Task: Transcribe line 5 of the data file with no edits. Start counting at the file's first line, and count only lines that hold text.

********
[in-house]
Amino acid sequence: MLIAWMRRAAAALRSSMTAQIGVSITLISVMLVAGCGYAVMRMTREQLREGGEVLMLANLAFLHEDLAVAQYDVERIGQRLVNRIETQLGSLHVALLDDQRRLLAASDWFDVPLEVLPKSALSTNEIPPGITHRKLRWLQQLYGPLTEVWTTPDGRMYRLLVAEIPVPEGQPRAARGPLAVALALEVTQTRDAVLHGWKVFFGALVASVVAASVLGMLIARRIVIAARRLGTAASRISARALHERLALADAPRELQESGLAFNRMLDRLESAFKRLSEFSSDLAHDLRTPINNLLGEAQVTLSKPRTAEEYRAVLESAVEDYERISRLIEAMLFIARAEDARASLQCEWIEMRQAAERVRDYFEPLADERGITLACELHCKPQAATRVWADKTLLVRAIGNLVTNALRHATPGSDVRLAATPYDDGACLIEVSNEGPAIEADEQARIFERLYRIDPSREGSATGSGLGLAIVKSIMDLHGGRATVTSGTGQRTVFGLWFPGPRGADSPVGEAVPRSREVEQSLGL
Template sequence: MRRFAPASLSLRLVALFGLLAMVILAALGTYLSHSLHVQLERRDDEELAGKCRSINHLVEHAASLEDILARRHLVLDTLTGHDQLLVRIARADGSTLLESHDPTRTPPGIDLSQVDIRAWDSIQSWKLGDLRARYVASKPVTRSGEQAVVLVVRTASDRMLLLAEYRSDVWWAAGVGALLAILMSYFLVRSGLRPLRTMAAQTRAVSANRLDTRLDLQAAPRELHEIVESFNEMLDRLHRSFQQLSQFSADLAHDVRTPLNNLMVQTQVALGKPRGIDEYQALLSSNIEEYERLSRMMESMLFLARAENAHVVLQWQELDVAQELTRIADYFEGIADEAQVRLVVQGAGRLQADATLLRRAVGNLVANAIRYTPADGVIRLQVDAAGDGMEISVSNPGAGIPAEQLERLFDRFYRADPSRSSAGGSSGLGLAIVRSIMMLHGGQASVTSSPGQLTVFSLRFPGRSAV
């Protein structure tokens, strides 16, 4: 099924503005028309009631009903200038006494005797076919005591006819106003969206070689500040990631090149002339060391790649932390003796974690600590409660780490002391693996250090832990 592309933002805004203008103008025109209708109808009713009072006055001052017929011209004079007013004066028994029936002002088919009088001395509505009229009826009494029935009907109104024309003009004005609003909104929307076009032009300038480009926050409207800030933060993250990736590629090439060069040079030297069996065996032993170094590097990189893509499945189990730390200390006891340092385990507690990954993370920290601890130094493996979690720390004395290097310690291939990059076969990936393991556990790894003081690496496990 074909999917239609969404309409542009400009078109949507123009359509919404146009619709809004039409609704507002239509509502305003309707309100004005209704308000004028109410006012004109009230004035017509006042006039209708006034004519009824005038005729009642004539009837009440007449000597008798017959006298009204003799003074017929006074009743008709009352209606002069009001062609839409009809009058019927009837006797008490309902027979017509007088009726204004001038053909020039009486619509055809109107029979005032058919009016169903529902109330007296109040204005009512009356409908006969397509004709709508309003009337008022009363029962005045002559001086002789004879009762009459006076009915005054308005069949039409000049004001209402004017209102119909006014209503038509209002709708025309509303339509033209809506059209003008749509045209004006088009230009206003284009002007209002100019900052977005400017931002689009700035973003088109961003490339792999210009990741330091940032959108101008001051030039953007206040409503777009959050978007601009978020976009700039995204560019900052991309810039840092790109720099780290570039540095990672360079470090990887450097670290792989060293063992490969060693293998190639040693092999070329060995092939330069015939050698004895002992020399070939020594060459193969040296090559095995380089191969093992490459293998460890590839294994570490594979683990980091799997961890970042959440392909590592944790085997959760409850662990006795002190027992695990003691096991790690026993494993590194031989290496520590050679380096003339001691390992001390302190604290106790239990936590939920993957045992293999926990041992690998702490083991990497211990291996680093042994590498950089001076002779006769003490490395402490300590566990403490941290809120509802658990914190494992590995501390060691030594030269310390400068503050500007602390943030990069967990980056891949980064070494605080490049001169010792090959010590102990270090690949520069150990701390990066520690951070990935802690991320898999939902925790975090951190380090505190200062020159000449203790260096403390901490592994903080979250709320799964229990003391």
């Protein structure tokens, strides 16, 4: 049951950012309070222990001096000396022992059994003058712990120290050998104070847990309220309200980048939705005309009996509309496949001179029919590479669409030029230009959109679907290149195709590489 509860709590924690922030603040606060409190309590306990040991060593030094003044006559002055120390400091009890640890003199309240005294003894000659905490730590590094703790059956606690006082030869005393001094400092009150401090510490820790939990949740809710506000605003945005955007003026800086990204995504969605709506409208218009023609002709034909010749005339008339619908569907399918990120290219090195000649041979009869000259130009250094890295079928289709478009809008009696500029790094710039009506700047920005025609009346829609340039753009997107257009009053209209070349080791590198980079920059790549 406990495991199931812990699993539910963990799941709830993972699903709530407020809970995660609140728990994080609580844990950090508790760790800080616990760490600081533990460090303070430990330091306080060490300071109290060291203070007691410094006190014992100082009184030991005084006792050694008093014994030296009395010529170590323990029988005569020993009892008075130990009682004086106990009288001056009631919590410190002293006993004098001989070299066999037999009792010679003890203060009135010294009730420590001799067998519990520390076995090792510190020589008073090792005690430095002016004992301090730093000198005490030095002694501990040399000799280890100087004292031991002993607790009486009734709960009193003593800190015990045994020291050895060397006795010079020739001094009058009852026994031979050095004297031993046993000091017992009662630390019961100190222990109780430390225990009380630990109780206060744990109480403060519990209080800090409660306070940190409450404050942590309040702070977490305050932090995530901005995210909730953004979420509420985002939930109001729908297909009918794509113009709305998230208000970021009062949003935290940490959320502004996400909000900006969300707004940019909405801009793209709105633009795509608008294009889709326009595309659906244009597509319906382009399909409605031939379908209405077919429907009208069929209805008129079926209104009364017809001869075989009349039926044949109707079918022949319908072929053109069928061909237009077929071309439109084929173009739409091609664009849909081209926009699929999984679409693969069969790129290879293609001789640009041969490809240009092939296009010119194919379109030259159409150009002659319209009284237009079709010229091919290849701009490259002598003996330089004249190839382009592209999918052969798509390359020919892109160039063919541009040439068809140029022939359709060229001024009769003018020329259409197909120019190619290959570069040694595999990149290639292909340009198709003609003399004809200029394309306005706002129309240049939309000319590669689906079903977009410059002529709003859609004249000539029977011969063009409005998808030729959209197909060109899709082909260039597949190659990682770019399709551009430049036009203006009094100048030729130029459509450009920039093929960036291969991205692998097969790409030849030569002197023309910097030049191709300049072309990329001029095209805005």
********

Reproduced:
């Protein structure tokens, strides 16, 4: 049951950012309070222990001096000396022992059994003058712990120290050998104070847990309220309200980048939705005309009996509309496949001179029919590479669409030029230009959109679907290149195709590489 509860709590924690922030603040606060409190309590306990040991060593030094003044006559002055120390400091009890640890003199309240005294003894000659905490730590590094703790059956606690006082030869005393001094400092009150401090510490820790939990949740809710506000605003945005955007003026800086990204995504969605709506409208218009023609002709034909010749005339008339619908569907399918990120290219090195000649041979009869000259130009250094890295079928289709478009809008009696500029790094710039009506700047920005025609009346829609340039753009997107257009009053209209070349080791590198980079920059790549 406990495991199931812990699993539910963990799941709830993972699903709530407020809970995660609140728990994080609580844990950090508790760790800080616990760490600081533990460090303070430990330091306080060490300071109290060291203070007691410094006190014992100082009184030991005084006792050694008093014994030296009395010529170590323990029988005569020993009892008075130990009682004086106990009288001056009631919590410190002293006993004098001989070299066999037999009792010679003890203060009135010294009730420590001799067998519990520390076995090792510190020589008073090792005690430095002016004992301090730093000198005490030095002694501990040399000799280890100087004292031991002993607790009486009734709960009193003593800190015990045994020291050895060397006795010079020739001094009058009852026994031979050095004297031993046993000091017992009662630390019961100190222990109780430390225990009380630990109780206060744990109480403060519990209080800090409660306070940190409450404050942590309040702070977490305050932090995530901005995210909730953004979420509420985002939930109001729908297909009918794509113009709305998230208000970021009062949003935290940490959320502004996400909000900006969300707004940019909405801009793209709105633009795509608008294009889709326009595309659906244009597509319906382009399909409605031939379908209405077919429907009208069929209805008129079926209104009364017809001869075989009349039926044949109707079918022949319908072929053109069928061909237009077929071309439109084929173009739409091609664009849909081209926009699929999984679409693969069969790129290879293609001789640009041969490809240009092939296009010119194919379109030259159409150009002659319209009284237009079709010229091919290849701009490259002598003996330089004249190839382009592209999918052969798509390359020919892109160039063919541009040439068809140029022939359709060229001024009769003018020329259409197909120019190619290959570069040694595999990149290639292909340009198709003609003399004809200029394309306005706002129309240049939309000319590669689906079903977009410059002529709003859609004249000539029977011969063009409005998808030729959209197909060109899709082909260039597949190659990682770019399709551009430049036009203006009094100048030729130029459509450009920039093929960036291969991205692998097969790409030849030569002197023309910097030049191709300049072309990329001029095209805005």